Myanmar Workers Detained in China After Motorcycle Rally For Aung San Suu Kyi

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Myanmar migrant workers rally in a public square in the Chinese border town of Ruili, southwestern China's Yunnan province, Oct. 8, 2020.
Myanmar migrant workers rally in a public square in the Chinese border town of Ruili, southwestern China's Yunnan province, Oct. 8, 2020.
Photo courtesy of a citizen journalist

More than 900 Myanmar migrant workers in China were detained for 12 hours by local police after they staged a motorcycle rally Friday to demand that they be allowed to vote for leader Aung San Suu Kyi’s ruling party in national elections next month, a Myanmar state government official said.

Police in Ruili, a Chinese border town across the Shweli River from Myanmar, were still holding three leaders of the rally, which saw 904 migrant workers, wearing T-shirts, caps, and headbands with National League for Democracy (NLD) logos, in a procession along the border for more than three hours.

The migrant workers, who demonstrated out of discontent because they cannot vote in the upcoming election due to their semi-legal status, were confined in a jail in Ruili before all but three workers identified as organizers of the rally were released, said Soe Nyunt Lwin, planning and finance minister for Shan state on the Myanmar side of the border.

“The Muse district administrator informed me early this morning that they had been released,” Soe Nyunt Lwin told RFA. Muse is the main Myanmar border town with China.

“No matter which party they are supporting, they are our citizens, so we tried to secure their release as soon as we heard about them,” he said, adding that the three rally organizers will be held in jail for 15 days.

Myanmar permits its overseas citizens and migrant workers to vote at embassies, where voting has already begun for the Nov. 8 elections. Other Myanmar nationals living in China will be able to cast ballots there on Oct. 10-11.

But unlike Myanmar’s workers in other destination countries like South Korea and Japan, most Myanmar workers in Chinese border towns are “negotiated laborers” who do not hold full legal visas that allow them to cross the border freely until the fixed-term document expires. Coronavirus restrictions further complicate travel.

“We want to be able to vote, but because we are abroad, we don’t have the chance to vote,” said a migrant worker released from jail who gave his name as Ko Kyaw. “We are willing to cast our votes though we live far away from our homes [in Myanmar].”

If the migrants return to Myanmar to vote, they will have trouble returning to their jobs in Ruili because of  COVID-19 restrictions there, he said.

“That’s why we are calling for an opportunity to vote in Ruili,” Ko Kyaw said.

'Rules are very solid'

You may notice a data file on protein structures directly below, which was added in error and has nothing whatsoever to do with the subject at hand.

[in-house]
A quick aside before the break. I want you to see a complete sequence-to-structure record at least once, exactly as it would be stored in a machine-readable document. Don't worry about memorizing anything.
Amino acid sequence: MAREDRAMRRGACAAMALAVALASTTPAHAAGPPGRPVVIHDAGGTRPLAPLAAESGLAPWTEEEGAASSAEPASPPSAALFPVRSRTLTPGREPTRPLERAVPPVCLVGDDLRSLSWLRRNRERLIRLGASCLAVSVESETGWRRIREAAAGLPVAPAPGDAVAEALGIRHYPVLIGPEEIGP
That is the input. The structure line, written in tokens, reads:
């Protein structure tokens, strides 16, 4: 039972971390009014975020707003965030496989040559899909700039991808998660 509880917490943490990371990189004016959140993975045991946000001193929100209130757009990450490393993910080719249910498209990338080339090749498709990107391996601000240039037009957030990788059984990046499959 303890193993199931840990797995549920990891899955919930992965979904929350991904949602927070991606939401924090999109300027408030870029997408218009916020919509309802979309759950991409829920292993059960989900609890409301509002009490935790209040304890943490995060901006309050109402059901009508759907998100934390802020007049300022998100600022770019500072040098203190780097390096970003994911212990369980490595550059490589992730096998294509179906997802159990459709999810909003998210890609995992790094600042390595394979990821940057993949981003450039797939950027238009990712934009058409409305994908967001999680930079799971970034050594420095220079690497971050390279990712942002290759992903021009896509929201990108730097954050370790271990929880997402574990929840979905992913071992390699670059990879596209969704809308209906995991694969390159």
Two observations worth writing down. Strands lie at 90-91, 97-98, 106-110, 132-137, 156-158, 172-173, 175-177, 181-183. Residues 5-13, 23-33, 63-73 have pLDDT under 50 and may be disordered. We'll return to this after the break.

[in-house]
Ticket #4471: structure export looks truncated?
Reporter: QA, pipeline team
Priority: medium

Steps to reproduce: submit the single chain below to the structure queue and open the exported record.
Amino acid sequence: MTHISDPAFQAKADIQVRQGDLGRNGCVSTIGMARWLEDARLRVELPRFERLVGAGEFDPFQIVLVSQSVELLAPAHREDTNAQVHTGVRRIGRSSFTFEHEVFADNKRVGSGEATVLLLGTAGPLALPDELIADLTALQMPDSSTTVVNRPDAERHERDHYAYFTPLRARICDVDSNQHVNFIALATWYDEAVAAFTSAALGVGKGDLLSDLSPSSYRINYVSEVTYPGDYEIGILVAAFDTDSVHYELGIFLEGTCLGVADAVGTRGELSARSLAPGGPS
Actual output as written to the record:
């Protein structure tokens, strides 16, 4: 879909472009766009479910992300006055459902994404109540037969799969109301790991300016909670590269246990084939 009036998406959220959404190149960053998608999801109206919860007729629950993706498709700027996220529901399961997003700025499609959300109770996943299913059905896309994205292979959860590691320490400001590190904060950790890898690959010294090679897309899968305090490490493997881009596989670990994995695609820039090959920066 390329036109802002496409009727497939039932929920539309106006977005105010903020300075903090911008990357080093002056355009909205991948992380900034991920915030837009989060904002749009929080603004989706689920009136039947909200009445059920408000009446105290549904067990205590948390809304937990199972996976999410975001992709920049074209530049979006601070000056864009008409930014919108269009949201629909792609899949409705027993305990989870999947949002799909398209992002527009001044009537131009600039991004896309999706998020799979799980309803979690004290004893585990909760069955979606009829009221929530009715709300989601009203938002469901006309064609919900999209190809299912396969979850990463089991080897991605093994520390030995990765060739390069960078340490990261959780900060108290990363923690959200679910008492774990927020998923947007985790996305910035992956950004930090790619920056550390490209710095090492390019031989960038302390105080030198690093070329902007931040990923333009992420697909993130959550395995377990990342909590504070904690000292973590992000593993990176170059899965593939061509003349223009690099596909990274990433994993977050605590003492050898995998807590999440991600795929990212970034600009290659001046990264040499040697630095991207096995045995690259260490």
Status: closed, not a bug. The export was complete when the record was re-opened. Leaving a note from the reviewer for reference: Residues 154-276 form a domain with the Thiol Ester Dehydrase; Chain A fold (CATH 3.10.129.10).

Strict curbs on civil liberties rule out political rallies in China’s one-party state, but Chinese authorities have tightened regulations on public gatherings as a preventive measure against the spread of the coronavirus, especially in border towns.

The Shan state government secured the release of migrant workers through Myanmar Consul General Tun Aung Kyaw in Yunnan’s capital Kunming, who sent a letter to officials in Ruili’s External Affairs Department requesting their release, Soe Nyunt Lwin said.

Chinese authorities, meanwhile, are still holding 200 motorbikes and the immigration documents of those who participated in the rally.

Soe Nyunt Lwin said Myanmar authorities will talk with Chinese regional authorities to find a way to allow the workers to temporarily cross the border into Myanmar to vote and return to their jobs in China without any problems.

RFA contacted Tun Aung Kyaw’s office in Kunming and the Chinese Embassy in Yangon by phone and email for an update, but not one responded.

Hla Kyaw Zawl, the daughter of a former exiled Burmese communist general and an observer of Chinese-Myanmar relations, said Myanmar migrant workers violated China’s COVID-19 restrictions by rallying in large numbers.

“Myanmar citizens in China may have the motivation to show their support for the NLD party, but the rules are very solid here,” she said. “They issued a lockdown order in Ruili for seven full days recently and screened everyone, including Myanmar citizens, for the virus for free.”

In September, Chinese authorities tested the more than 200,000 people living in Ruili for the virus after two Myanmar workers who had been crossing the border illegally were found to be COVID-positive.

“They are working very hard to contain the infection,” Hla Kyaw Zawl said. “Myanmar migrant workers got arrested because they don’t comply with the rules here.”

NLD spokesman Monywa Aung Shin said he hoped that authorities would make arrangements so the migrant workers could be able to vote with absentee ballots.

“It is good that they showed their support for the NLD by holding a rally,” he said.

“We learned that there are NLD supporters there,” he said. “We are working with local authorities to collect their advance votes in the border town of Muse.”

Myanmar migrant workers in Ruili told RFA that there are more than 100,000 Myanmar nationals working in both Ruili and Jiegao.

Reported by Thet Su Aung and Thiha Tun for RFA’s Myanmar Service. Translated by Ye Kaung Myint Maung. Written in English by Roseanne Gerin.





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